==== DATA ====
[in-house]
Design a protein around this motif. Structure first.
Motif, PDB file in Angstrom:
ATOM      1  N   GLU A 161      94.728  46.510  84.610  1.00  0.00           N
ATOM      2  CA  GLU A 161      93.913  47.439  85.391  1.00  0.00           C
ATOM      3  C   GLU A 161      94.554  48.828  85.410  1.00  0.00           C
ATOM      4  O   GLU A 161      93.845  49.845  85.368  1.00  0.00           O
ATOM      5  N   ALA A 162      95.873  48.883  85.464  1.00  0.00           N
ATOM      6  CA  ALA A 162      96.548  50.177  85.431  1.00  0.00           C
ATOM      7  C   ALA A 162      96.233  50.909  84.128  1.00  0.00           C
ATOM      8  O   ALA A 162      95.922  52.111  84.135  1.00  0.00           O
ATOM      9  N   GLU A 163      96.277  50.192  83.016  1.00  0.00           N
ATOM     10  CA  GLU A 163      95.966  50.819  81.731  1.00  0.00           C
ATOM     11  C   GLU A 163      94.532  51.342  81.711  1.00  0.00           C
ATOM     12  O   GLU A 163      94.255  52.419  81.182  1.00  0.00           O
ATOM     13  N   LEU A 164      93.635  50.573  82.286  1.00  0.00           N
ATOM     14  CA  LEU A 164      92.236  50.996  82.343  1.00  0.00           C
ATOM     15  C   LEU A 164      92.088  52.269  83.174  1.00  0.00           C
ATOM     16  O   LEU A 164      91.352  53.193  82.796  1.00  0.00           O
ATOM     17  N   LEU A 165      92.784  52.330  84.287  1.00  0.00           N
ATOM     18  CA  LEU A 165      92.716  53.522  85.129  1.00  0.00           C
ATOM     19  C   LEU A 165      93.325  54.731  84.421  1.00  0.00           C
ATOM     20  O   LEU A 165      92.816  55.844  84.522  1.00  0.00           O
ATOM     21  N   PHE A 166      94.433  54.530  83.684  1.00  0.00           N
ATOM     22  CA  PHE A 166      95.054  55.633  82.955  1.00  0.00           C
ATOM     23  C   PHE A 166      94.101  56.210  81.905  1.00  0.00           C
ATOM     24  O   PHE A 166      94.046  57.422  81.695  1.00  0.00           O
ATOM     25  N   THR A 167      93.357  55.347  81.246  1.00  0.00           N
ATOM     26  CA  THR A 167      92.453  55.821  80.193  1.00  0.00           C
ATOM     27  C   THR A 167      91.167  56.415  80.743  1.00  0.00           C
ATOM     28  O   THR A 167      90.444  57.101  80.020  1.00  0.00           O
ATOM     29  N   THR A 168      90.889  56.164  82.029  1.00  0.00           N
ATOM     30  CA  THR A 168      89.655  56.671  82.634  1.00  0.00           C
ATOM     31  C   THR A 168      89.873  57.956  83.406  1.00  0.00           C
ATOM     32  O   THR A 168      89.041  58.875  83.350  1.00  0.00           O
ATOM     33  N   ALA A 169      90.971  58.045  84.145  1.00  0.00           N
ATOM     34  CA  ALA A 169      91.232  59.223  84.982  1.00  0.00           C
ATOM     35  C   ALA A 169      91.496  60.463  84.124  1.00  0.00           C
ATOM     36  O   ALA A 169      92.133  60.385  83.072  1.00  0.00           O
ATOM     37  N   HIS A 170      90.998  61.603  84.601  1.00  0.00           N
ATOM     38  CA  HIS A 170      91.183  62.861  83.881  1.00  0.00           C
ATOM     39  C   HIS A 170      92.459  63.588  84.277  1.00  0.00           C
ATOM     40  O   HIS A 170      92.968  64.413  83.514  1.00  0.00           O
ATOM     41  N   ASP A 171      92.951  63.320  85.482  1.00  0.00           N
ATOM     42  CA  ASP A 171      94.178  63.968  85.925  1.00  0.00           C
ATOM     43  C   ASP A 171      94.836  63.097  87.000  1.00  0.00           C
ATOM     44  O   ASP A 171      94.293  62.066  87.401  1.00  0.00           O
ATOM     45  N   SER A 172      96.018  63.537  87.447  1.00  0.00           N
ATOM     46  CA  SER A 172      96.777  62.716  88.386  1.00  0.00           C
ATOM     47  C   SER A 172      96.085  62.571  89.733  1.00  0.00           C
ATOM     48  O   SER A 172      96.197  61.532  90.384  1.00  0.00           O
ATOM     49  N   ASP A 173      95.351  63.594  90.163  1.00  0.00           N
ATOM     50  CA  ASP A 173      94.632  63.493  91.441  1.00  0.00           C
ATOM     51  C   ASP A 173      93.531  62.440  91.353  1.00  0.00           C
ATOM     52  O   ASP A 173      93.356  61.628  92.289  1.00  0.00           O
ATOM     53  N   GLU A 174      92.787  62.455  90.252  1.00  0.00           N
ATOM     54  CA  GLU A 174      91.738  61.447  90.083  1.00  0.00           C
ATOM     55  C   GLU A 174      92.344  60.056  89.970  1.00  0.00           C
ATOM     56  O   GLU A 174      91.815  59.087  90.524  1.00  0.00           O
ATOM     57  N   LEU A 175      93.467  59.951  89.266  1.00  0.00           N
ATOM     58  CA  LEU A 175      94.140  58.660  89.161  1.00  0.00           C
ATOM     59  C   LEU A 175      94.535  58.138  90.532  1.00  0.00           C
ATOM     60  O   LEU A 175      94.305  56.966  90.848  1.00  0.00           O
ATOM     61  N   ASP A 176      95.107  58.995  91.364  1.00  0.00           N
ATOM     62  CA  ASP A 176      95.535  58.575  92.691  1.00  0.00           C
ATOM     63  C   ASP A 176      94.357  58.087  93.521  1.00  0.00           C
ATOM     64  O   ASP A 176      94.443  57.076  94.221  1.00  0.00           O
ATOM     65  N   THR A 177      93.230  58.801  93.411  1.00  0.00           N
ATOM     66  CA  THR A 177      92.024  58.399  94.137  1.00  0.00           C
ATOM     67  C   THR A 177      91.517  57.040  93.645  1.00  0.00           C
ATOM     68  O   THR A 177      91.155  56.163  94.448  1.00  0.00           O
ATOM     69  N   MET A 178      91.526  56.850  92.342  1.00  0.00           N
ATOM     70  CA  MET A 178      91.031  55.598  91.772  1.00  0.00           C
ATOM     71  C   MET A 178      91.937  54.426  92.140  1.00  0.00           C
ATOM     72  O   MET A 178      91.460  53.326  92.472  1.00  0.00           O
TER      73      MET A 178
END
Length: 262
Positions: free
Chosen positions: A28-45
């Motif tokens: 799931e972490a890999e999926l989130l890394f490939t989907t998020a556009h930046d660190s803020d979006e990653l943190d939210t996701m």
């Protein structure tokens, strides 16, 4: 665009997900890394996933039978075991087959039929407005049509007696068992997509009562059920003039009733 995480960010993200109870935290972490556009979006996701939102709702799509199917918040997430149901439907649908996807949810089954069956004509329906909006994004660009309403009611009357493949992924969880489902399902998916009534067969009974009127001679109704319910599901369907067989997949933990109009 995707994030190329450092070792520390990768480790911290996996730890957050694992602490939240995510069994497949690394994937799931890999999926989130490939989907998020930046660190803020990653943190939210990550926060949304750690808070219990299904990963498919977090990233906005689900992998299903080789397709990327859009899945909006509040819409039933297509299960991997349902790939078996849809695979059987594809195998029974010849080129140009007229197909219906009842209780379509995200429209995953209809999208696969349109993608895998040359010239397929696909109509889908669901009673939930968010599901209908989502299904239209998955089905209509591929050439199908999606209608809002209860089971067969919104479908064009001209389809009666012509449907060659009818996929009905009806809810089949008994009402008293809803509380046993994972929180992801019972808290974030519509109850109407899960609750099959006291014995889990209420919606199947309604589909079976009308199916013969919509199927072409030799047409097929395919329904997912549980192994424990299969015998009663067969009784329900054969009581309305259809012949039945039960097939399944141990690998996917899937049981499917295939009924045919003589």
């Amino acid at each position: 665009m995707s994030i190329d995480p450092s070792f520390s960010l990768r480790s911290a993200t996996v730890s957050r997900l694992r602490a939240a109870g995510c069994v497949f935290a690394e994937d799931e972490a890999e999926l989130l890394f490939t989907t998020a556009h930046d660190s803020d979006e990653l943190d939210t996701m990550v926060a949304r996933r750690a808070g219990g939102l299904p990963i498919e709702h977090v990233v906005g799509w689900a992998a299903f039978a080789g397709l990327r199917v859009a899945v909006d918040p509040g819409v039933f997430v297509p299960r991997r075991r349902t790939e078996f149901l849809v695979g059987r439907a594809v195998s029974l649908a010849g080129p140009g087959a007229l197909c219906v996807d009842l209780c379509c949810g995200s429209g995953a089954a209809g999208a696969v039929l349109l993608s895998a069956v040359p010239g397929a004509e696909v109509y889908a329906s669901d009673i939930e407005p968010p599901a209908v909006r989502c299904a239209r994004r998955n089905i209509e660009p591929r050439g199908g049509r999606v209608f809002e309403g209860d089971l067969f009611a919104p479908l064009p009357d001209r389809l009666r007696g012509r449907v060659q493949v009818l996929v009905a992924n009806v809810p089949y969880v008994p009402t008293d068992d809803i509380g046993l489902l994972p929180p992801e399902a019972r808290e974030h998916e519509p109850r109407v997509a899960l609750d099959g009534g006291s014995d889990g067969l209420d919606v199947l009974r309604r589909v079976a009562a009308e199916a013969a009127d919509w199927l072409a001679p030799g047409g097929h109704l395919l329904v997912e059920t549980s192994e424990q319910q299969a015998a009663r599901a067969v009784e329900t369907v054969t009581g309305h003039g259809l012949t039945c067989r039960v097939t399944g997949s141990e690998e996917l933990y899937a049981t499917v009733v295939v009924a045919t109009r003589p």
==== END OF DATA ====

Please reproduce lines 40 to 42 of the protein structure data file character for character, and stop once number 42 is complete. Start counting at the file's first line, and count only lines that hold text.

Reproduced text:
ATOM     37  N   HIS A 170      90.998  61.603  84.601  1.00  0.00           N
ATOM     38  CA  HIS A 170      91.183  62.861  83.881  1.00  0.00           C
ATOM     39  C   HIS A 170      92.459  63.588  84.277  1.00  0.00           C